The Coronavirus: What do employers need to do?

Key risks in a Pandemic or crisis

The Coronavirus continues to cause widespread panic around the world while world leaders continue to disagree over the best treatment and the best way to halt the spread of the disease. So, what should businesses be doing to cope with this, and continue to trade and thrive in this climate of uncertainty?

We have set out further guidance and up to date information on our dedicated page here:

Key risks in the event of a pandemic

Generally, the key practical risks for most organisations resulting from the occurrence of a pandemic fall into one of the following categories:

  • Employee
  • Supply chain and commercial
  • Insurance

In addition, there are wider risks that a business will face following such an event including strategic risks; broader operational risk beyond that of supply chain/commercial; the resultant position of its customers following the event; financial and legal compliance.

Business continuity planning

Of course, the occurrence of a pandemic cannot be controlled. However, a business can take steps to mitigate the resultant impact through business continuity, disaster recovery or serious incident planning. For many businesses, this type of planning is mandatory with some insurers, customers, government bodies and accreditations (such as The Law Society of England) requiring it.

Businesses should:

  • consider monitoring events in each of the business’ relevant locations and also those of key suppliers where interruption in their output would have a significant knock-on effect;
  • look at the risks and planning mitigating actions and responses;
  • incorporate in their business continuity planning opportunities for ‘upsides’ to these disruptive events.

Several publicly available documents provide a starting point for business continuity planning. These include:

  1. A government toolkit aimed at helping organisations identify critical parts of its infrastructure (for example, information, stock premises or staff)
  2. Cabinet Office guidance aimed at helping businesses with their resilience planning for emergencies

These each provide solid guidance but ultimately each business is distinct, and it is impossible to provide a generic, one-size-fits-all approach that can simply be applied across different businesses.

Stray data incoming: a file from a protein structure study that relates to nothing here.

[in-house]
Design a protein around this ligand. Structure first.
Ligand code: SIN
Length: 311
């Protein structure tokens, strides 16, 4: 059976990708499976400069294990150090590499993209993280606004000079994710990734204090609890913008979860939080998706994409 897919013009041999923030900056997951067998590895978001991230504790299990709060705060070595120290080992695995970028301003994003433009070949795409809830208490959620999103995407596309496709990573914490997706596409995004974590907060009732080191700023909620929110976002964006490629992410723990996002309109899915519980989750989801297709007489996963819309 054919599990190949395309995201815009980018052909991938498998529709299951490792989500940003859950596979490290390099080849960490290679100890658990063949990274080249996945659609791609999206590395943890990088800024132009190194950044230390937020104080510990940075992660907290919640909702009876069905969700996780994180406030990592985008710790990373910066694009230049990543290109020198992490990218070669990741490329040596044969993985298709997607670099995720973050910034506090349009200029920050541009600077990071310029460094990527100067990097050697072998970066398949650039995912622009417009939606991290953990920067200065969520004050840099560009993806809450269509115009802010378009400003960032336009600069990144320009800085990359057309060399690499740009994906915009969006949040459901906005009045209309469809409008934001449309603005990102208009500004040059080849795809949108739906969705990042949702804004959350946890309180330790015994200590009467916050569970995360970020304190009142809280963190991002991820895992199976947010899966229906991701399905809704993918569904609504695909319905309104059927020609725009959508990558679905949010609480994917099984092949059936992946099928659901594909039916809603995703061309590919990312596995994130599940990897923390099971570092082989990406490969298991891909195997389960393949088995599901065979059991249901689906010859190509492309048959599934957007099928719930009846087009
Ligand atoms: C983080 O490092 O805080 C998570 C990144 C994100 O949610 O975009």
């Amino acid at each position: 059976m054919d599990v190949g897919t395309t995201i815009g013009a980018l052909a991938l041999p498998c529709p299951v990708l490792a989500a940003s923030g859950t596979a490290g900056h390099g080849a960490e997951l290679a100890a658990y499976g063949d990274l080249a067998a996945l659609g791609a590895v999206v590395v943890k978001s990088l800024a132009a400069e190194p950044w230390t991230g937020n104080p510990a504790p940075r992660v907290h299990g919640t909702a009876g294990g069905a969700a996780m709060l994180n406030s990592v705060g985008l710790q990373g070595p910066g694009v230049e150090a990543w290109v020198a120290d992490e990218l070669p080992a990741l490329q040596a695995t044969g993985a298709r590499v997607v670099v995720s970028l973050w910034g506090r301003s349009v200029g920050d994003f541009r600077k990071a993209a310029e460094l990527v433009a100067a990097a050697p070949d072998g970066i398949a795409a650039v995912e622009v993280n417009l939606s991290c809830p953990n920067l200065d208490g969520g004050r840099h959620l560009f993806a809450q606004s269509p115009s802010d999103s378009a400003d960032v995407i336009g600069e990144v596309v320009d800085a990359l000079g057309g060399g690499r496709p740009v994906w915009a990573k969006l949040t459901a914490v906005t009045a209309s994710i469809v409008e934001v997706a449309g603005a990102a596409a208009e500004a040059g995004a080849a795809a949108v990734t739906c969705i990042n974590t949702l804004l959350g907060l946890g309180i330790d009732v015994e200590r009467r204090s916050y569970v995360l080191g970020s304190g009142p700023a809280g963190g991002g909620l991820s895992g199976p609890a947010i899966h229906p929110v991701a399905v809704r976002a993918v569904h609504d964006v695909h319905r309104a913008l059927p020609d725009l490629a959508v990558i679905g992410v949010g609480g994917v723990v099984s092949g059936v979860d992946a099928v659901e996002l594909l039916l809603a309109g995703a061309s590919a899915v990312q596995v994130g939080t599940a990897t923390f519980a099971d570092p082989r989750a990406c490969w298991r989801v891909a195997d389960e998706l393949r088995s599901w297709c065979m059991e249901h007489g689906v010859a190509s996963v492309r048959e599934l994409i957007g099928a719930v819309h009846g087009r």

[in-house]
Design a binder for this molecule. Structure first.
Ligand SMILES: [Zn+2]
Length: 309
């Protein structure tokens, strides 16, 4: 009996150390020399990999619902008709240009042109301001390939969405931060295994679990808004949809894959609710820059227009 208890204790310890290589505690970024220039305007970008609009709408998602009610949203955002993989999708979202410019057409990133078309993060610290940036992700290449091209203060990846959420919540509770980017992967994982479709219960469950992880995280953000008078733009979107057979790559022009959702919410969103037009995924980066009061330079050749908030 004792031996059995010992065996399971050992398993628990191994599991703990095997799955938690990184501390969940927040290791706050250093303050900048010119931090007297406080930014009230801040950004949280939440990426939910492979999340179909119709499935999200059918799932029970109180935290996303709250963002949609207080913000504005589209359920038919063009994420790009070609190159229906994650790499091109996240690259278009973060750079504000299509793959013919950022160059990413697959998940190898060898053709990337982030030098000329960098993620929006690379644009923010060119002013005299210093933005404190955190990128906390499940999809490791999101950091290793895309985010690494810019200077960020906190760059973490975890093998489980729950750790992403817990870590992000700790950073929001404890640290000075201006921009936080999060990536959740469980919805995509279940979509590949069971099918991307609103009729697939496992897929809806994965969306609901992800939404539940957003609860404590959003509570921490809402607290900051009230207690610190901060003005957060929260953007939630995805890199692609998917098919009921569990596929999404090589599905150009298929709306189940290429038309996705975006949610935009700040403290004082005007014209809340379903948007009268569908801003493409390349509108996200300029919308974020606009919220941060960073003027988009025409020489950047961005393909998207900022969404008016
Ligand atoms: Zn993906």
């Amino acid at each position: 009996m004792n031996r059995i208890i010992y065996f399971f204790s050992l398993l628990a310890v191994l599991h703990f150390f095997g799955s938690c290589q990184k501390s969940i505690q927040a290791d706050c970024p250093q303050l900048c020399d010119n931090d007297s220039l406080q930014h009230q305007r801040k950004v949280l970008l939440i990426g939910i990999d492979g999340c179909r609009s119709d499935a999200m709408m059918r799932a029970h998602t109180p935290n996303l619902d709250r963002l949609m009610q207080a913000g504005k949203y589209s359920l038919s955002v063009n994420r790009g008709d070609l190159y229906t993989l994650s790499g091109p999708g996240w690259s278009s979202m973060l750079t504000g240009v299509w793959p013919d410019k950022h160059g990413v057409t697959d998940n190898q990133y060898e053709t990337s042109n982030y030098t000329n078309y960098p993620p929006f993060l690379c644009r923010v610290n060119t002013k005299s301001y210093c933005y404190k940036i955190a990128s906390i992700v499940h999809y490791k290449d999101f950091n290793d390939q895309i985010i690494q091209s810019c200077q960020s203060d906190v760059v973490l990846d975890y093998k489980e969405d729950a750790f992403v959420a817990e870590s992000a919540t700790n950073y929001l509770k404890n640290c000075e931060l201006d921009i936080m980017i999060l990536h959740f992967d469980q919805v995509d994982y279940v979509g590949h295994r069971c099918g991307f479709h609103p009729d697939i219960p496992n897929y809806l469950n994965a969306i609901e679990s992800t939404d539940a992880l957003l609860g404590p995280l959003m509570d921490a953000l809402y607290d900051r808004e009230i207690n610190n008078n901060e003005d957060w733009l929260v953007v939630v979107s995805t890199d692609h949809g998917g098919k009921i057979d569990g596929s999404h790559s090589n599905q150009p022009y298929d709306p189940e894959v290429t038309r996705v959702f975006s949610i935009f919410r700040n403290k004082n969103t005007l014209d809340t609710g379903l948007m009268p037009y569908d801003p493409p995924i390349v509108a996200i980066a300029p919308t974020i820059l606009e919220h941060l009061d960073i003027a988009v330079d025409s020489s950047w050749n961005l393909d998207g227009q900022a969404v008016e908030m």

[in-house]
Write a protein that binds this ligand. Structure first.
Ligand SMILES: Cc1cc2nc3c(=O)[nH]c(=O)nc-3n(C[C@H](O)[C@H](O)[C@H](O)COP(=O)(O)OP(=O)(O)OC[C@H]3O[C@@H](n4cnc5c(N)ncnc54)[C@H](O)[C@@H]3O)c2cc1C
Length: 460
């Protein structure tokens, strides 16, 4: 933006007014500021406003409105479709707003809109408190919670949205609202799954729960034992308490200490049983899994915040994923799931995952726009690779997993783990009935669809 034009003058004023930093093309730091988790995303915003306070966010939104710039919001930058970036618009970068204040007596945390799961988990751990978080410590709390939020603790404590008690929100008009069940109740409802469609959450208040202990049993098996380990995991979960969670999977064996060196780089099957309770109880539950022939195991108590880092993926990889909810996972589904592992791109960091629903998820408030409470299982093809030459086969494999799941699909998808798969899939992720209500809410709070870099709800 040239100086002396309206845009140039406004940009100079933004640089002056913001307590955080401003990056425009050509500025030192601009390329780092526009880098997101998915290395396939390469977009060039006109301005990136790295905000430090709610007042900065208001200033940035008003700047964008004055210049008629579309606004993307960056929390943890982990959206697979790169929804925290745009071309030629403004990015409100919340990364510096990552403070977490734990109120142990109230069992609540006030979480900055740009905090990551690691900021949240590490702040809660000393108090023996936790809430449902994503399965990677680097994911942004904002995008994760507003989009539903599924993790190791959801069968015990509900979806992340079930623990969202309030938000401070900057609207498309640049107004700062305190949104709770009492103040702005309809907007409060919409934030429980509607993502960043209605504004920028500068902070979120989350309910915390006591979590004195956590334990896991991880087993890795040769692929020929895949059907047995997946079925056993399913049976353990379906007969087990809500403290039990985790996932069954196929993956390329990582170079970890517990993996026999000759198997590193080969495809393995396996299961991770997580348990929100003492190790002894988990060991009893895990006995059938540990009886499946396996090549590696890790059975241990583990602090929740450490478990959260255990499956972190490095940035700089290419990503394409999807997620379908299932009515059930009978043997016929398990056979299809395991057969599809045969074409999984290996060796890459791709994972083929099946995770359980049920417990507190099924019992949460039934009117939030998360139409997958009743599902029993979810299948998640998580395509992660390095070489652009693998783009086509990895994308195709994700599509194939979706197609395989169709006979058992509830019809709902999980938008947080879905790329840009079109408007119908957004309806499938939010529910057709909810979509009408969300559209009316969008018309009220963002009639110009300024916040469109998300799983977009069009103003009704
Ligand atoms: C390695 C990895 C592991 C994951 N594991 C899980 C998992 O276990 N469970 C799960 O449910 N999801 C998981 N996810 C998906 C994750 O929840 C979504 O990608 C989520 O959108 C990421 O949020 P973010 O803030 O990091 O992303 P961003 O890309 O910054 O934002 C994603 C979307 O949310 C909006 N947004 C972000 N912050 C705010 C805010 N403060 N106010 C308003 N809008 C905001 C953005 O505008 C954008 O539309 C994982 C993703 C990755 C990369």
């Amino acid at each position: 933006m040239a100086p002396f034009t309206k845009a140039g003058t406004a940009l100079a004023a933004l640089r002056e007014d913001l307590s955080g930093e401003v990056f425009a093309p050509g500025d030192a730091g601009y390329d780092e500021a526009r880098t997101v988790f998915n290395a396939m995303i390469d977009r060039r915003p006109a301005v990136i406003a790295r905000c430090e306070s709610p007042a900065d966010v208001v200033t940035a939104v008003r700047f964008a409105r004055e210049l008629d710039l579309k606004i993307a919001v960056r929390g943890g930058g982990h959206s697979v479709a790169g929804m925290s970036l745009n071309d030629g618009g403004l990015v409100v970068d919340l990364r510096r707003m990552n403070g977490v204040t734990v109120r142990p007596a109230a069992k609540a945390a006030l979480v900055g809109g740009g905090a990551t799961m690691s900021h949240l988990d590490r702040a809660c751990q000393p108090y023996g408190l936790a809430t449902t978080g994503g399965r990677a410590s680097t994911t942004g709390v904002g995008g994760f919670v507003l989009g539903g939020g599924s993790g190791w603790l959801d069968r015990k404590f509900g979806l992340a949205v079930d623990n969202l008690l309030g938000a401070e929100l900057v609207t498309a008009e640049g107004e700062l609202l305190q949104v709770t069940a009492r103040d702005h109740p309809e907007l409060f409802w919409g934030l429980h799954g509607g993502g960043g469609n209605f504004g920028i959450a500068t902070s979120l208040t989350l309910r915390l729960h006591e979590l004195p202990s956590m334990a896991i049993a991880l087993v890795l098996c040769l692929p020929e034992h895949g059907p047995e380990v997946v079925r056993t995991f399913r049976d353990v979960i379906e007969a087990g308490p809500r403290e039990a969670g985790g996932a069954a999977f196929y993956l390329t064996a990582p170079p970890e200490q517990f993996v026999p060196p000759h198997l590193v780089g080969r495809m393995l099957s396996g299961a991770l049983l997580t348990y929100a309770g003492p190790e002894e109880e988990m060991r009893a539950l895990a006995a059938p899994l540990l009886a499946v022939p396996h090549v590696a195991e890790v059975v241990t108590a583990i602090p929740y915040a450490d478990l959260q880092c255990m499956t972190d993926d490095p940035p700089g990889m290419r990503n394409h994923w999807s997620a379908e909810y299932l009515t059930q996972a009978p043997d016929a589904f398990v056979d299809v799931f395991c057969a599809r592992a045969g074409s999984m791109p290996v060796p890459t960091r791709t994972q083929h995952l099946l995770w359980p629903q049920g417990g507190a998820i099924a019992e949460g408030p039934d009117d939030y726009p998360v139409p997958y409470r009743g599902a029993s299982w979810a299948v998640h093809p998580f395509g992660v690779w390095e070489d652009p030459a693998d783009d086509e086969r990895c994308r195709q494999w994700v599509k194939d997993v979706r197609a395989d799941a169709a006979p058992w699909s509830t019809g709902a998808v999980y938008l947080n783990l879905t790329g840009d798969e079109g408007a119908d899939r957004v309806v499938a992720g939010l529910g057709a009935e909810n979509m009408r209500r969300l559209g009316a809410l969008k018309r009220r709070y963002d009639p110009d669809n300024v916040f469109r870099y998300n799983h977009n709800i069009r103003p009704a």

Ultimately, each must carry out an exercise in business continuity risk assessment and implement a proportionate plan in response. Fundamentally, this plan should be reviewed annually to ensure that it remains fit for purpose and considers changes that have taken place within and across the business since the last review or implementation (including with key suppliers and customers).

If a significant change takes place externally to, within or across the business outside of this review cycle (such as Brexit), an acquisition or the entry into a joint venture, then this should similarly trigger a business continuity review to ensure that the changes are adequately incorporated into the business’ plan and that it remains fit for purpose.

Employee risk in the event of a pandemic

Duty to protect the health and safety of employees

During a pandemic, a business must keep itself and employees informed about related health risks. Actions could include:

  1. Having a system or means to keep abreast of government advice on any current issue, as it develops. This can be an internal system or one that has been established via a third party such as a law firm or risk management business.
  2. Having reliable and effective systems for communicating with employees. A business must ensure that:
  3. contact data (email, work telephone, personal telephone and address) held within any such system is reviewed and updated on at least an annual basis to account for the common regular change in personnel and personal data; and
  4. there is an emergency communication system in place in the event that normal means of communication cannot be accessed or utilised. An example of this is where email functionality is not available, and a business needs to turn to personal telephone contact details.

Fundamentally, in the event of a pandemic, the business must also take steps to ensure that there is good hygiene in the workplace (based on the facts and science of the pandemic itself) and that working practices do not pose undue risks to employees. Actions could include:

  • Reviewing systems of hygiene to ensure that they provide appropriate protection. Practically, training or communications to all staff about why these practices are required often boosts compliance beyond a simple mandate about doing so.
  • Increasing the cleaning of hard surfaces in the workplace, particularly phones and door handles.
  • Carrying out a cost/benefit analysis for offering flu injections (or any similar preventative measure depending on the pandemic) to the workforce. Communicating the potential benefits of the preventative measure for the employees, their families but also those who may be unable to have this (for example, those who cannot have it due to allergies) may help to increase the uptake.